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City drafts ordinance governing expected tattoo, body-piercing establishment

News Staff Writer

When a Milton, Fla. tattoo and body modification artist expressed interest in applying to the City of Atmore for a license to operate a business here, a major problem cropped up. The city had no ordinance governing such an establishment.
City Codes Enforcement Officer Greg Vaughn and City Attorney Larry Wettermark finally ironed out an ordinance that will be considered a part of the city’s zoning regulations if approved by the city council at the May 13 council session.
“We looked at the ordinances other cities have,” Vaughn said. “We looked at Fairhope, Gulf Shores, Pelham and Spanish Fort to get the average distance, based on population, for these establishments.”
If the ordinance is approved, and the Florida businessman goes ahead with plans to open a tattoo and body-piercing establishment here, it will more than likely be located in the Church Street strip mall that includes Acapulco Mexican Restaurant, State Line Pawn and several other businesses.
Vaughn explained that the property is one of a few that meet the mandates of the new ordinance, which requires that such a business be at least 200 feet from a school, daycare center, nursery, church, park, public building or residential district.
“That is the sought-after location,” Vaughn said. “They are looking at that location because it falls within the ordinance.”
Just barely.
The proposed location — next door to the restaurant, in the storefront that is currently headquarters to the Punishers Law Enforcement Motorcycle Club — is 201 feet from the nearest residential district.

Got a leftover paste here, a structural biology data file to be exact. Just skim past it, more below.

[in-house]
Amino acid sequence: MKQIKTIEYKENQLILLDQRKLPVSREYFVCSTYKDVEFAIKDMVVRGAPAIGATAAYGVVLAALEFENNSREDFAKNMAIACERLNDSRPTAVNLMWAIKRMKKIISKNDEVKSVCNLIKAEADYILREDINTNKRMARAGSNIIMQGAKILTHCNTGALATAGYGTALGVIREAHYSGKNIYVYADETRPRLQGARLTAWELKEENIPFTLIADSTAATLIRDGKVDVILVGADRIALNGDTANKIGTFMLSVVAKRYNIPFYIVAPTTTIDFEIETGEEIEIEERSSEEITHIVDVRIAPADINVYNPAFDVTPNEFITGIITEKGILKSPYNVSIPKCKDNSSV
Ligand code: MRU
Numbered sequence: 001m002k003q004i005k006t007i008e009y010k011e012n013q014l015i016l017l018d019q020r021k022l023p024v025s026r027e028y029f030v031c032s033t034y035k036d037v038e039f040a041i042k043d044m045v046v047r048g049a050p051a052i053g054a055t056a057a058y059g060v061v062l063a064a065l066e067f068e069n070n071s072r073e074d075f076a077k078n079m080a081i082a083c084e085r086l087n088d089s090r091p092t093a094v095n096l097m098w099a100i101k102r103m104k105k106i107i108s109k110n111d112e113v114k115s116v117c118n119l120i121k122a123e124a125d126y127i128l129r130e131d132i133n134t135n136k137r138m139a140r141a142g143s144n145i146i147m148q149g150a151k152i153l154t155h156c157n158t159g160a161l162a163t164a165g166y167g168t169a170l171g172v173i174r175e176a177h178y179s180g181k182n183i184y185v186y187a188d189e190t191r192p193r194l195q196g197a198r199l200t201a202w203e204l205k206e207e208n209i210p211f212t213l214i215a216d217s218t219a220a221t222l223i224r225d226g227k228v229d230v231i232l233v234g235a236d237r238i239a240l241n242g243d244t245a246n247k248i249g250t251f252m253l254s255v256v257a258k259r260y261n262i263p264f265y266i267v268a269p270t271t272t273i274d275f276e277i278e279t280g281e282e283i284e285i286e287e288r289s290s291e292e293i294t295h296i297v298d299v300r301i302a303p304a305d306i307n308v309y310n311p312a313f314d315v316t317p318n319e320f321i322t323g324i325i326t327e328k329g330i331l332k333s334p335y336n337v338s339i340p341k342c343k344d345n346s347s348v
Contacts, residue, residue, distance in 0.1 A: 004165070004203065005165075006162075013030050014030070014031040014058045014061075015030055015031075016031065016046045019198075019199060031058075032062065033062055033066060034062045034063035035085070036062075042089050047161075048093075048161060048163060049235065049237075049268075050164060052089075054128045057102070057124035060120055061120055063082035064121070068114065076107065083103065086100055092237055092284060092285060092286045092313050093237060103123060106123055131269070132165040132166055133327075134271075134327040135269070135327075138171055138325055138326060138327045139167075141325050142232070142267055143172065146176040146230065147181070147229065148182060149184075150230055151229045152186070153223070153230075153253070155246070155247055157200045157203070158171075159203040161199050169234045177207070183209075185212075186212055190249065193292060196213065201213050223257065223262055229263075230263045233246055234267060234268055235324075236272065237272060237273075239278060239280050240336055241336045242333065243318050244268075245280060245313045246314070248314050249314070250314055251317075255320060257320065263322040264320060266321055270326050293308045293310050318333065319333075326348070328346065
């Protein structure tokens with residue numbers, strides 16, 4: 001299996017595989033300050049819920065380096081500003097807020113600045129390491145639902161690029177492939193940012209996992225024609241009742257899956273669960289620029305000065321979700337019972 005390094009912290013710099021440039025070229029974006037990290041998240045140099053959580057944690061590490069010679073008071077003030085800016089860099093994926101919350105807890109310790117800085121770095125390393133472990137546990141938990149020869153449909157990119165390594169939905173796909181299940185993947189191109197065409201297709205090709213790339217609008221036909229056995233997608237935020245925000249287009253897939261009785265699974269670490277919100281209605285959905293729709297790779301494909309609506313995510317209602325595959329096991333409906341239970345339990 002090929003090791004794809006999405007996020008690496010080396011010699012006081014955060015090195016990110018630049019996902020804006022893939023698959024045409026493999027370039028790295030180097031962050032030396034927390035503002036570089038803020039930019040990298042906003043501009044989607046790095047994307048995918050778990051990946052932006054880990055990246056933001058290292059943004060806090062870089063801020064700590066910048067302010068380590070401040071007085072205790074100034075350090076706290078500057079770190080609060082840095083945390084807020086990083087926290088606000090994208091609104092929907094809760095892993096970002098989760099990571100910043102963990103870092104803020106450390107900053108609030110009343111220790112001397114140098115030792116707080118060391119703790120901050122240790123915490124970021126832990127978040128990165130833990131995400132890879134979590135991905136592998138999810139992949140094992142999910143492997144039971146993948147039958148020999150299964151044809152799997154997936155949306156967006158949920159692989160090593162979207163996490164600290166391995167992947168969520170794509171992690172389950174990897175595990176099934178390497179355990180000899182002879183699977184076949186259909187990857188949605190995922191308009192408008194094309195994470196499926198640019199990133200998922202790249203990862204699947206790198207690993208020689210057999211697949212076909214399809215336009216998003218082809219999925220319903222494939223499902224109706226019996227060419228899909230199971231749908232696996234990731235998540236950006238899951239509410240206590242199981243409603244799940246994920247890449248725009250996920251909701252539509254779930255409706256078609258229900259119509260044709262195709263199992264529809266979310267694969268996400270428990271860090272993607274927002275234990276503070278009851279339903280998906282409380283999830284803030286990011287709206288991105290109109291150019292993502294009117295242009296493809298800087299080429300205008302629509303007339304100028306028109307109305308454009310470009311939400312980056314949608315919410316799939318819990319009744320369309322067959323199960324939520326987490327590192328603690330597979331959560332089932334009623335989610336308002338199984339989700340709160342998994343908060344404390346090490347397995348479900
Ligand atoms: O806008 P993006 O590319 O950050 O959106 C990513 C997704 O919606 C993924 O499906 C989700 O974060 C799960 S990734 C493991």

“It’s just inside the guidelines,” Vaughn pointed out.
Ordinance 01-2024, actually an amendment to the city’s zoning ordinance, also prohibits the establishment of more than one such business within 600 feet of another, or more than one such business in any shopping center, strip mall or other multi-business location.
It applies to tattoo establishments, body-piercing establishments and combined tattoo and body-piercing establishments.
Several other restrictions are included in the zoning amendment, including that no merchandise other than body jewelry may be sold at such locations, and that no such business may be established inside a residence.
A community leader who asked not to be identified in print said he has mixed feelings about what will reportedly be Atmore’s first “legal” tattoo parlor.
“I think there was a tattoo guy here several years ago, but I’m not sure how legit he was,” the individual said. “It’s not something I’m crazy about, but the younger folks here already go to Pensacola or Mobile to get tattoos or body piercings, so they might as well be able to stay home to get them.”
Note: The ordinance is published in its entirety on Page 8A of April 17 edition.